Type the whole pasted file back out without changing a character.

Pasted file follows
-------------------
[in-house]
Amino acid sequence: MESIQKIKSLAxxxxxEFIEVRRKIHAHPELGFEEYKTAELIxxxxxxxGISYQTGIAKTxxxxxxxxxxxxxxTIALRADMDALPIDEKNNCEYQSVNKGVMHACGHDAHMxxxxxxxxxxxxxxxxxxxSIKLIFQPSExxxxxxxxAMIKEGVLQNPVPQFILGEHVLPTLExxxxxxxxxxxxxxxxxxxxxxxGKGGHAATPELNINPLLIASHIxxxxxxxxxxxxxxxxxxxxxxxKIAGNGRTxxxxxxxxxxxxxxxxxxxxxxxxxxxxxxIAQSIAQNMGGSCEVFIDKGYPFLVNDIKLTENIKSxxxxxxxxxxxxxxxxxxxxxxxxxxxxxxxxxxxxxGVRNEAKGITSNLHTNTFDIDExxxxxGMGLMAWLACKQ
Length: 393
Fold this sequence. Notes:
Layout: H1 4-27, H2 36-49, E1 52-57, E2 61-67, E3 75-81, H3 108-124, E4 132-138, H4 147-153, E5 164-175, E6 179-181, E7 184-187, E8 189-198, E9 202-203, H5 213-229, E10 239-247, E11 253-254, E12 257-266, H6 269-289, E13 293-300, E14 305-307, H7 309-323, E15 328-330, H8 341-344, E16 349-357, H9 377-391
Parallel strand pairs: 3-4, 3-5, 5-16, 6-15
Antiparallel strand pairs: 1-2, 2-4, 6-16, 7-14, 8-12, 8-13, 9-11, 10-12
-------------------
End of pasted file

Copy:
[in-house]
Amino acid sequence: MESIQKIKSLAxxxxxEFIEVRRKIHAHPELGFEEYKTAELIxxxxxxxGISYQTGIAKTxxxxxxxxxxxxxxTIALRADMDALPIDEKNNCEYQSVNKGVMHACGHDAHMxxxxxxxxxxxxxxxxxxxSIKLIFQPSExxxxxxxxAMIKEGVLQNPVPQFILGEHVLPTLExxxxxxxxxxxxxxxxxxxxxxxGKGGHAATPELNINPLLIASHIxxxxxxxxxxxxxxxxxxxxxxxKIAGNGRTxxxxxxxxxxxxxxxxxxxxxxxxxxxxxxIAQSIAQNMGGSCEVFIDKGYPFLVNDIKLTENIKSxxxxxxxxxxxxxxxxxxxxxxxxxxxxxxxxxxxxxGVRNEAKGITSNLHTNTFDIDExxxxxGMGLMAWLACKQ
Length: 393
Fold this sequence. Notes:
Layout: H1 4-27, H2 36-49, E1 52-57, E2 61-67, E3 75-81, H3 108-124, E4 132-138, H4 147-153, E5 164-175, E6 179-181, E7 184-187, E8 189-198, E9 202-203, H5 213-229, E10 239-247, E11 253-254, E12 257-266, H6 269-289, E13 293-300, E14 305-307, H7 309-323, E15 328-330, H8 341-344, E16 349-357, H9 377-391
Parallel strand pairs: 3-4, 3-5, 5-16, 6-15
Antiparallel strand pairs: 1-2, 2-4, 6-16, 7-14, 8-12, 8-13, 9-11, 10-12